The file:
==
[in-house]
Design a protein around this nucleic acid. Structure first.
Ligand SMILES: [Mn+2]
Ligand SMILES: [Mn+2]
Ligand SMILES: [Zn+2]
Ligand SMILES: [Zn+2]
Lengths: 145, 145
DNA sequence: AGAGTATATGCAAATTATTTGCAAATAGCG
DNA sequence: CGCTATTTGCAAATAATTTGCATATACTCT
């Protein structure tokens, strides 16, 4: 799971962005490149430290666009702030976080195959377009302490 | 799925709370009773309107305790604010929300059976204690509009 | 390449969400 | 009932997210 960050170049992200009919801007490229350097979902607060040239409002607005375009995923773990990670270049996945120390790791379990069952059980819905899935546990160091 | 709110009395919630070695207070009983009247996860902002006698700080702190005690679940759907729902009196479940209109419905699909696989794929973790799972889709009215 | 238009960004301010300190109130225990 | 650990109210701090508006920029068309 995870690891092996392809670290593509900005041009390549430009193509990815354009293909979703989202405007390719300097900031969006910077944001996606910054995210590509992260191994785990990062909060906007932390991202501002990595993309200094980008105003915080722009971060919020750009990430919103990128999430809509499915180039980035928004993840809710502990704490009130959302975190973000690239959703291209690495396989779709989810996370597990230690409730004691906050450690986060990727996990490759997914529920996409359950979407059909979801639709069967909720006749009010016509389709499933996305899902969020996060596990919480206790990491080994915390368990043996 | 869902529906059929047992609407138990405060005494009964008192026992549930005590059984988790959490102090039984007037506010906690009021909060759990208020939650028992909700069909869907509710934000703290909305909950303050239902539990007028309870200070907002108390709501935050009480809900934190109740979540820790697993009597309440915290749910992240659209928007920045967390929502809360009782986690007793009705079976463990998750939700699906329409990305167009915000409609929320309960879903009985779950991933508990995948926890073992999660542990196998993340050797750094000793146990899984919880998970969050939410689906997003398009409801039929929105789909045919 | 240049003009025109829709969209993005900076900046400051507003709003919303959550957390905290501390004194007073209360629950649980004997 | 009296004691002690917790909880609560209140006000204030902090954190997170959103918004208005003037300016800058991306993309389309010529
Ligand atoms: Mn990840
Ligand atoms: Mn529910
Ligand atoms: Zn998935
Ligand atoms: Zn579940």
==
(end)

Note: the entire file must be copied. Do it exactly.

[in-house]
Design a protein around this nucleic acid. Structure first.
Ligand SMILES: [Mn+2]
Ligand SMILES: [Mn+2]
Ligand SMILES: [Zn+2]
Ligand SMILES: [Zn+2]
Lengths: 145, 145
DNA sequence: AGAGTATATGCAAATTATTTGCAAATAGCG
DNA sequence: CGCTATTTGCAAATAATTTGCATATACTCT
């Protein structure tokens, strides 16, 4: 799971962005490149430290666009702030976080195959377009302490 | 799925709370009773309107305790604010929300059976204690509009 | 390449969400 | 009932997210 960050170049992200009919801007490229350097979902607060040239409002607005375009995923773990990670270049996945120390790791379990069952059980819905899935546990160091 | 709110009395919630070695207070009983009247996860902002006698700080702190005690679940759907729902009196479940209109419905699909696989794929973790799972889709009215 | 238009960004301010300190109130225990 | 650990109210701090508006920029068309 995870690891092996392809670290593509900005041009390549430009193509990815354009293909979703989202405007390719300097900031969006910077944001996606910054995210590509992260191994785990990062909060906007932390991202501002990595993309200094980008105003915080722009971060919020750009990430919103990128999430809509499915180039980035928004993840809710502990704490009130959302975190973000690239959703291209690495396989779709989810996370597990230690409730004691906050450690986060990727996990490759997914529920996409359950979407059909979801639709069967909720006749009010016509389709499933996305899902969020996060596990919480206790990491080994915390368990043996 | 869902529906059929047992609407138990405060005494009964008192026992549930005590059984988790959490102090039984007037506010906690009021909060759990208020939650028992909700069909869907509710934000703290909305909950303050239902539990007028309870200070907002108390709501935050009480809900934190109740979540820790697993009597309440915290749910992240659209928007920045967390929502809360009782986690007793009705079976463990998750939700699906329409990305167009915000409609929320309960879903009985779950991933508990995948926890073992999660542990196998993340050797750094000793146990899984919880998970969050939410689906997003398009409801039929929105789909045919 | 240049003009025109829709969209993005900076900046400051507003709003919303959550957390905290501390004194007073209360629950649980004997 | 009296004691002690917790909880609560209140006000204030902090954190997170959103918004208005003037300016800058991306993309389309010529
Ligand atoms: Mn990840
Ligand atoms: Mn529910
Ligand atoms: Zn998935
Ligand atoms: Zn579940």